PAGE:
Hong Kong Police Fire Tear Gas As Thousands Protest Security Measure
DAVID GREENE, HOST:
Thousands of protesters were on the streets of Hong Kong over the weekend.
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UNIDENTIFIED PROTESTERS: (Singing in non-English language).
GREENE: They were chanting. They sang a protest anthem, trying to protect Hong Kong's autonomy. This comes as Beijing is debating a new law that could end, once and for all, the limited autonomy Hong Kong was supposed to enjoy even under Chinese rule. And let's talk about this first with NPR's Emily Feng, who is in Beijing. Hi, Emily.
EMILY FENG, BYLINE: Hey, David.
GREENE: Can you just start by talking about the protest movement in Hong Kong? I mean, it's been going like a year now, right? How is it sustained?
FENG: Protests have come back. They had faded away a little bit because of the novel coronavirus. But although they're back, they're smaller. Yesterday's march had only a few thousand people turn up. And you could sense some of the fatigue that had set in over the last year of protests. Previous marches, for example, had attracted tens of thousands of people. Part of the reason why there were smaller numbers was that there wasn't much notice given about the march.
But also, you can see people saying now that protests are more dangerous. Police have been very aggressive in detaining people, arresting veteran activists. But people also feel like protests are a little bit too late, that protests are ineffective. Here's Kelvin Lam. He's a district councilor and part of the pro-democracy faction, which won in a landslide local election last year.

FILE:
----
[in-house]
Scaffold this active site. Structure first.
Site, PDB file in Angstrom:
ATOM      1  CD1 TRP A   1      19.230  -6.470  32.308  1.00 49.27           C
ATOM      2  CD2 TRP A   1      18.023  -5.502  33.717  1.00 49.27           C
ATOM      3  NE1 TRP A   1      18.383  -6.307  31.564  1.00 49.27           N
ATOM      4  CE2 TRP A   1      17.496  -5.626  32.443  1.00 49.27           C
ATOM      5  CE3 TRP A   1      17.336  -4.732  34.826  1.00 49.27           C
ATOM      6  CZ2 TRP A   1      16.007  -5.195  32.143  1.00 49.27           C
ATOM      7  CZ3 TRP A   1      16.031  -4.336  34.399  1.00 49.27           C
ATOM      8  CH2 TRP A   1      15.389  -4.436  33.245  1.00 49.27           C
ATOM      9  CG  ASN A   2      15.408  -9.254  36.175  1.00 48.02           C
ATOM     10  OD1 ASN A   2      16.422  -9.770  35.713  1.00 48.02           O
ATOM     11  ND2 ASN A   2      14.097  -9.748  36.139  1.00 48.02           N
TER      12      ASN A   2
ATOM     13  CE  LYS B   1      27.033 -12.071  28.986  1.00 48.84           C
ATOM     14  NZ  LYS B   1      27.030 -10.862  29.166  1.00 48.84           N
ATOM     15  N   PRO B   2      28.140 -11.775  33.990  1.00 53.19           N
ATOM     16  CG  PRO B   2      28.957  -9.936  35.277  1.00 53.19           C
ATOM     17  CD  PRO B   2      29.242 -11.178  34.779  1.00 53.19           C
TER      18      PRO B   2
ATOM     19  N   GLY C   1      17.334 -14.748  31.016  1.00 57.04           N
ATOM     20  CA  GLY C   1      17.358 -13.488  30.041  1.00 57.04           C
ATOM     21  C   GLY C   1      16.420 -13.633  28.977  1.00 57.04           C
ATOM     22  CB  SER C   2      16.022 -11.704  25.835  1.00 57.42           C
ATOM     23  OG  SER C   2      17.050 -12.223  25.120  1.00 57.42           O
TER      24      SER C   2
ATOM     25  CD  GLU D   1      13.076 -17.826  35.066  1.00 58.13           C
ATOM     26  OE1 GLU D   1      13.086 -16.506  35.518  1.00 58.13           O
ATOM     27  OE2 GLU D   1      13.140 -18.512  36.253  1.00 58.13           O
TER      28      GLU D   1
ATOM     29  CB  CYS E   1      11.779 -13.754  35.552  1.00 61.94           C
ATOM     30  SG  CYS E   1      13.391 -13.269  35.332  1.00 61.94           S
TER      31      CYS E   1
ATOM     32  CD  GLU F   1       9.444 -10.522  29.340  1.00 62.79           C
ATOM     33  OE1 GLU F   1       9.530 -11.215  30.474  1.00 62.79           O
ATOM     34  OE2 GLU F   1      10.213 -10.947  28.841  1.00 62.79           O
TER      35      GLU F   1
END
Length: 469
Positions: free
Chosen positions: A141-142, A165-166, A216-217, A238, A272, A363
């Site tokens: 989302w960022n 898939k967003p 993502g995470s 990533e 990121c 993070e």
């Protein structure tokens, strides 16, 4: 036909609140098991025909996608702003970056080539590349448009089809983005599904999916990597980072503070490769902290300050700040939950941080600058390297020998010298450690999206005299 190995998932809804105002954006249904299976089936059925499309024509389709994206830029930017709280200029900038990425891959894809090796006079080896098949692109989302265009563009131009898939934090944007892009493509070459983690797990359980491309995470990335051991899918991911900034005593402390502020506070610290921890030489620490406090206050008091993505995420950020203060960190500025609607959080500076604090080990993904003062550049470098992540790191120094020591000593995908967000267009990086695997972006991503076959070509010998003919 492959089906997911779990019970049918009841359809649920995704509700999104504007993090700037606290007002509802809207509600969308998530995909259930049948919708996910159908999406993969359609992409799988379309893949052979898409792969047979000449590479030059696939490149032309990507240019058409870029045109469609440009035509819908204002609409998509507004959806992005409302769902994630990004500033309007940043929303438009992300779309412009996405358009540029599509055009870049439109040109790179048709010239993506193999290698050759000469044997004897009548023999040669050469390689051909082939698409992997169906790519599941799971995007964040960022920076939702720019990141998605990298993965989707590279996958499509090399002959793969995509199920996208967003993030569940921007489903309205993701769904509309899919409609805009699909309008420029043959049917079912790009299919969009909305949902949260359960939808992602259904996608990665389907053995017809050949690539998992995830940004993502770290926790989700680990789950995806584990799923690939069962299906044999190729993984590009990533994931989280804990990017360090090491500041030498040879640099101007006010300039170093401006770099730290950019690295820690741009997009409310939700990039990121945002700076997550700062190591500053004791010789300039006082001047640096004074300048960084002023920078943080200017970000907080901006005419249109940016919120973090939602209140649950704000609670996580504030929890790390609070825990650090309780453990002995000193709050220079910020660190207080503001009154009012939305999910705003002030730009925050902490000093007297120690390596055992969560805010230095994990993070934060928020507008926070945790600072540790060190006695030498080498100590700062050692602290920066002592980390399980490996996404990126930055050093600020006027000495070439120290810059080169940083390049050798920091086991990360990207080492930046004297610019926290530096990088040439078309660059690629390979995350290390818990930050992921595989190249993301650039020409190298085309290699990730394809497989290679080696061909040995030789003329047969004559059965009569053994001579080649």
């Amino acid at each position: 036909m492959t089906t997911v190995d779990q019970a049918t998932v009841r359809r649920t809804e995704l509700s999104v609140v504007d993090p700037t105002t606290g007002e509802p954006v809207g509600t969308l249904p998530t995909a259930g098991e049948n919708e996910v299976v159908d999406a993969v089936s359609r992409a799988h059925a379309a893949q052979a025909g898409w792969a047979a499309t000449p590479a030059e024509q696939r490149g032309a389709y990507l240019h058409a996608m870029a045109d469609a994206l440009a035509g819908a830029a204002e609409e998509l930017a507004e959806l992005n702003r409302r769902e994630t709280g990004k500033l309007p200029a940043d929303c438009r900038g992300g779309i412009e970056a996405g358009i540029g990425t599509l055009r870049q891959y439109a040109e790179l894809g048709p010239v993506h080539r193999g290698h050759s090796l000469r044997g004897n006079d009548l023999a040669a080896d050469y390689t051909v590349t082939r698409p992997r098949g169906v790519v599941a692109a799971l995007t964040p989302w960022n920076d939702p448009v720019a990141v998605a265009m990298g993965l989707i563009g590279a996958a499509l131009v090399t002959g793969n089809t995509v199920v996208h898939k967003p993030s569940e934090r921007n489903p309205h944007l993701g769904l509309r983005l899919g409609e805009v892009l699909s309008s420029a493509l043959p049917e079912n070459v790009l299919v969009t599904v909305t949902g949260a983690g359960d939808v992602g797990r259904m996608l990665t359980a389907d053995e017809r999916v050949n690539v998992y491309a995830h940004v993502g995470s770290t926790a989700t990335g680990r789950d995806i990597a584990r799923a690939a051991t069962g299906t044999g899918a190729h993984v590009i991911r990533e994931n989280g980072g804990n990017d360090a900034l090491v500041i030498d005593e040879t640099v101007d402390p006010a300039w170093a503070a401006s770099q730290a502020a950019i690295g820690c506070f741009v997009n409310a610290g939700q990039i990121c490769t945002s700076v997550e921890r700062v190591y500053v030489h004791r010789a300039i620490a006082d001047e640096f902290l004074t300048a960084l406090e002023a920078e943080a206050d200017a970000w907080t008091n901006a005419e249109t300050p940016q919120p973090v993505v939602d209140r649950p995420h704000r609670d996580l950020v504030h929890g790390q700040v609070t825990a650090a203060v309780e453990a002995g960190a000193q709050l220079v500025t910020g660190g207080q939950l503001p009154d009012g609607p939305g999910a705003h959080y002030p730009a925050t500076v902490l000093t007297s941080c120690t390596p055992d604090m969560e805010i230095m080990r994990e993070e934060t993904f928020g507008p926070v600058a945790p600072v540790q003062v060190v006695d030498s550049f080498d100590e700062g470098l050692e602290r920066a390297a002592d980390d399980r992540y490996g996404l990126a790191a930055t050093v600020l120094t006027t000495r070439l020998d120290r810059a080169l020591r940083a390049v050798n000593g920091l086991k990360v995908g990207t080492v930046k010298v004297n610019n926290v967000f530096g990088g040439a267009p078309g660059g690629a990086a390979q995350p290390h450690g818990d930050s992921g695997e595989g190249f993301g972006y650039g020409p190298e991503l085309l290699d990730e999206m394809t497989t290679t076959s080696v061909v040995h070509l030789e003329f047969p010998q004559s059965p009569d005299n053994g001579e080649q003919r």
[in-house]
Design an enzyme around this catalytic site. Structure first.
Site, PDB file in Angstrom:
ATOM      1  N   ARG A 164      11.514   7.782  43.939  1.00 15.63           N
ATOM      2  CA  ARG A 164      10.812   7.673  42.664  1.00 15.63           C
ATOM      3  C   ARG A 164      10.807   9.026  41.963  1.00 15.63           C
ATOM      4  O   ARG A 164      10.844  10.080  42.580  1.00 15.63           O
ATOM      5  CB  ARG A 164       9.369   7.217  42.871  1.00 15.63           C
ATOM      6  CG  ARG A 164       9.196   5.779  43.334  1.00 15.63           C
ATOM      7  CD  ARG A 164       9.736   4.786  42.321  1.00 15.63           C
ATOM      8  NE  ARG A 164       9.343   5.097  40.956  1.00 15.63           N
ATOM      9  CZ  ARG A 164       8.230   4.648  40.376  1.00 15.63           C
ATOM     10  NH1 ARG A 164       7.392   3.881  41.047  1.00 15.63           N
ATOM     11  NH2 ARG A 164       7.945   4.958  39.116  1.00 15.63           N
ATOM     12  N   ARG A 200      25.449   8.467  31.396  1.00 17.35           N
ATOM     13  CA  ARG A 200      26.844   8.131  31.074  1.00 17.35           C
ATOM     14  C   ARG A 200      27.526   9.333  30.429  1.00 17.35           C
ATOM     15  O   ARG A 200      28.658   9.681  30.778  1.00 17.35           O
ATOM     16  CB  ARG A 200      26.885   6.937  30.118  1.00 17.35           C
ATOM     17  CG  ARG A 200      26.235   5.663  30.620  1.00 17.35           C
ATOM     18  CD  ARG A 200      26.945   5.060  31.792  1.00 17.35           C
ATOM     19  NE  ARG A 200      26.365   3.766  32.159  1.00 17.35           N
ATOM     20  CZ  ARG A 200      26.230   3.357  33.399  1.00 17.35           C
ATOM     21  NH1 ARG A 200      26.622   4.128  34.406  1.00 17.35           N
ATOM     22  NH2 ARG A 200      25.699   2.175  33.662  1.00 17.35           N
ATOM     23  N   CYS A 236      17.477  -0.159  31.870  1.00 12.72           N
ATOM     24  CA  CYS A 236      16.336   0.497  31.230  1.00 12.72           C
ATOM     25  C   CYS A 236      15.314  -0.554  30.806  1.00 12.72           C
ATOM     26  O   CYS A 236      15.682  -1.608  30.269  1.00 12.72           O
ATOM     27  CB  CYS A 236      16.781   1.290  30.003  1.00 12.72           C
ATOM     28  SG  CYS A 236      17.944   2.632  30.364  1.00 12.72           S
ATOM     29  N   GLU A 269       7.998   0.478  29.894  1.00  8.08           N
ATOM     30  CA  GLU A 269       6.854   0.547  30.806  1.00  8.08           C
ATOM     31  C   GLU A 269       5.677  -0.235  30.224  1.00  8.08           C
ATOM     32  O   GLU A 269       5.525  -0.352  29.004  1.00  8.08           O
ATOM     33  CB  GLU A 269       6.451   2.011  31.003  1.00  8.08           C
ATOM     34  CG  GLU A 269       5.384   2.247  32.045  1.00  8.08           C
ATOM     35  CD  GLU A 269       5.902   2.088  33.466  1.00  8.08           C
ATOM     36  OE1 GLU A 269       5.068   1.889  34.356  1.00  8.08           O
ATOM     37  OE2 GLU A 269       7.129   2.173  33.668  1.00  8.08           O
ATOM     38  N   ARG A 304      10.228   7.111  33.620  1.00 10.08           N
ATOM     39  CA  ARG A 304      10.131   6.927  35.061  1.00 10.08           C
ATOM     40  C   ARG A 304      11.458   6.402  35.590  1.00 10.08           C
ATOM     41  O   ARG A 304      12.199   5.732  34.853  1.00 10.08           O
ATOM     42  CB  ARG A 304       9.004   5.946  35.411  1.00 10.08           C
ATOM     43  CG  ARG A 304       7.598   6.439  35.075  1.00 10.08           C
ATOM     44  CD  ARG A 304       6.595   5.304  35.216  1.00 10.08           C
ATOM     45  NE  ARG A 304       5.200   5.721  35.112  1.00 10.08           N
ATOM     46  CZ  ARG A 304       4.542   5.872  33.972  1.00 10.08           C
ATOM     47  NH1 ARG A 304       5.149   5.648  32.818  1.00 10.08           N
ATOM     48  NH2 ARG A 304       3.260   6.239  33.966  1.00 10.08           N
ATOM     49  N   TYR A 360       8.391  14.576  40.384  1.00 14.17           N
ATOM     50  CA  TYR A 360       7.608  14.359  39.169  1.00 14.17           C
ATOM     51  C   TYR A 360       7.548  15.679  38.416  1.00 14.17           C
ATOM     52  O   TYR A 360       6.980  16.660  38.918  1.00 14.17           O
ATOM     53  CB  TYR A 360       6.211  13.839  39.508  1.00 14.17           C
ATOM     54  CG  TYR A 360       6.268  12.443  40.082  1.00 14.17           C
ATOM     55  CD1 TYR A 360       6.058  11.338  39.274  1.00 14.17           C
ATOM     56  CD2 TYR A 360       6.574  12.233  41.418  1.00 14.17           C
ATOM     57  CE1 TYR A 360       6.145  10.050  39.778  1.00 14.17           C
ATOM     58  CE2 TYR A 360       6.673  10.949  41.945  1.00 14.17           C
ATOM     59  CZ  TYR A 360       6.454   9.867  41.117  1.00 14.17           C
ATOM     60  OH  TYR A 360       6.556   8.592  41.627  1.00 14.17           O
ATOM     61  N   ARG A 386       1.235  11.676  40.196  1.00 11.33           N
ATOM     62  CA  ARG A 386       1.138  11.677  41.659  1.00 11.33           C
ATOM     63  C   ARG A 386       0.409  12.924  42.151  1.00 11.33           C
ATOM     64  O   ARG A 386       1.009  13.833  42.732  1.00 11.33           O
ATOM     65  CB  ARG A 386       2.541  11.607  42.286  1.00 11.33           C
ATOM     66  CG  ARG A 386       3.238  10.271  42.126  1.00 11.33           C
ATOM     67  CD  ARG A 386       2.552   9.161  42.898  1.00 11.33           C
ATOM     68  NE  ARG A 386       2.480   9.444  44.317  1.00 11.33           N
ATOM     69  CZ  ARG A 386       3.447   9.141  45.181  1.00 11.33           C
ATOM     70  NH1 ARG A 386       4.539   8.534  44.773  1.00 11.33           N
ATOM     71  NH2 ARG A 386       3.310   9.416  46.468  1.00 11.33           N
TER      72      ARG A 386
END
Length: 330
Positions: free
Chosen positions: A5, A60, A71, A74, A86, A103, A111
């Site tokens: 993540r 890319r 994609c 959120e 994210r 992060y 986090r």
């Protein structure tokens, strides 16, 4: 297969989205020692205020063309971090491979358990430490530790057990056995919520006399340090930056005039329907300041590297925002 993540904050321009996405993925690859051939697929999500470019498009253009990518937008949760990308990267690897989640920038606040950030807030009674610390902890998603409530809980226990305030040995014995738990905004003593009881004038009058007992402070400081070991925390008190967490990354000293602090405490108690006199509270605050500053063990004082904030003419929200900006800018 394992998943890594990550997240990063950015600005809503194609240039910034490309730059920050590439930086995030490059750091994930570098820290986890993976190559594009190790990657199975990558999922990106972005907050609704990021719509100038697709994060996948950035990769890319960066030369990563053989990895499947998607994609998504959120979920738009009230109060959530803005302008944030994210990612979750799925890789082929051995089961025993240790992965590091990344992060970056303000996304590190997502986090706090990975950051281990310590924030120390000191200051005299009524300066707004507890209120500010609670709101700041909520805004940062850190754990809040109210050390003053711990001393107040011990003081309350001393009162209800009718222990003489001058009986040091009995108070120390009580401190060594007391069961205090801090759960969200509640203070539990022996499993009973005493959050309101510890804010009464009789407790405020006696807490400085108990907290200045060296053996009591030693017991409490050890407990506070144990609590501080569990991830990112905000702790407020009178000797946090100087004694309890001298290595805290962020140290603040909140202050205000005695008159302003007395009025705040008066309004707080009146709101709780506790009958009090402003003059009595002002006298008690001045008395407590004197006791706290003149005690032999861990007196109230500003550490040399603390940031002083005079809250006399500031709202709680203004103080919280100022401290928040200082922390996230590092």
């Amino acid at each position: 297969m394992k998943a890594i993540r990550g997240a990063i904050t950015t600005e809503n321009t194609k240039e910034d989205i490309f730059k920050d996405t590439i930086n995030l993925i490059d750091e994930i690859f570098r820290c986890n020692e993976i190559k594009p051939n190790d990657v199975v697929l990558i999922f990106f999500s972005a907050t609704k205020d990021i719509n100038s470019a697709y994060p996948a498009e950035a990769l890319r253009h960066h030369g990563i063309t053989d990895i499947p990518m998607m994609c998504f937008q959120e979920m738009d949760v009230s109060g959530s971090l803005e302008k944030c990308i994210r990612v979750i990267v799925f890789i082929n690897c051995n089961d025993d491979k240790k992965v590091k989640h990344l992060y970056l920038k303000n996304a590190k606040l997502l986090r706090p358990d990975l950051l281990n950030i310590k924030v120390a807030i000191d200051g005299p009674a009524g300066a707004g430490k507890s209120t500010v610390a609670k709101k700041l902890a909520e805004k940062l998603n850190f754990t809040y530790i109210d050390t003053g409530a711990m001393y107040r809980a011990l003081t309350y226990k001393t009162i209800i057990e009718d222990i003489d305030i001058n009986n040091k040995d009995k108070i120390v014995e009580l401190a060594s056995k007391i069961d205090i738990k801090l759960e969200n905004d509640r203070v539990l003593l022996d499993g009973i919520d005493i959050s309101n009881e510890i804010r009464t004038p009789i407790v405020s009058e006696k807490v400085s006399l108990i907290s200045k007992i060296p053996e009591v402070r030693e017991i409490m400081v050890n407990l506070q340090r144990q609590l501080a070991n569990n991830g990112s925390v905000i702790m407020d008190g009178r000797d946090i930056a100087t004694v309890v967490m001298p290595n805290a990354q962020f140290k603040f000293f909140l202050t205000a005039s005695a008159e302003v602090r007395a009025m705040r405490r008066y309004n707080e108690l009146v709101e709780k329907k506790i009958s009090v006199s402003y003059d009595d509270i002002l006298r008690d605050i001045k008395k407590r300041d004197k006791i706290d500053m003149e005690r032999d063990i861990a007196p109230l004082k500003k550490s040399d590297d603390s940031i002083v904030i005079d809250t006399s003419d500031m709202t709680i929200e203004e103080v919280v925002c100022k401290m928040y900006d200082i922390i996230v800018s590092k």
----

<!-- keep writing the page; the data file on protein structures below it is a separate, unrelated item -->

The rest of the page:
KELVIN LAM: The reaction from residents is quite pessimistic. A lot of them were not in a fighting mood. I can view it. I can feel that people are thinking about leaving Hong Kong now because they also call this an end game or the beginning of the end.
FENG: Though, Lam has not given up hope. He's staying. He's campaigning in September legislative elections. And some protesters did say they stayed home this time because they're waiting for bigger June protests.
GREENE: All right. Well, tell us about this law. Beijing is describing it as a national security law it wants to impose. Why are residents of Hong Kong so concerned about it?
FENG: Well, based on the broad outline that we've been able to see so far, the law would criminalize four types of very broad behavior - secession, subversion of state power, foreign interference and terrorism. And it's so sweeping that it could end the limited autonomy that Hong Kong enjoys. Beijing, of course, argues that this law is needed because of violent protesters and what it calls terrorists. And today, China's legislature is discussing this law. It will pass a motion to draft this law on Thursday. And that law will be passed, likely, in June.
GREENE: But doesn't Hong Kong have its own government? I mean, can Beijing simply declare a national security law and implement there?
FENG: It's not totally clear that it can. Hong Kong has a treaty that's supposed to protect its autonomy until 2047. Hong Kong also has its own constitution. So questions of whether this national security law might supersede Hong Kong's own constitution have come up. And Hong Kong has decades of its own legal precedent that protects civil liberties. So it's unclear whether a law passed by Beijing could be litigated in a Hong Kong court. Ultimately, though, Beijing decides about whether a law is constitutional or not. And it will rule in its own favor.
GREENE: That is NPR's Emily Feng in Beijing. Emily, thanks so much. We really appreciate it.
FENG: Thanks, David.
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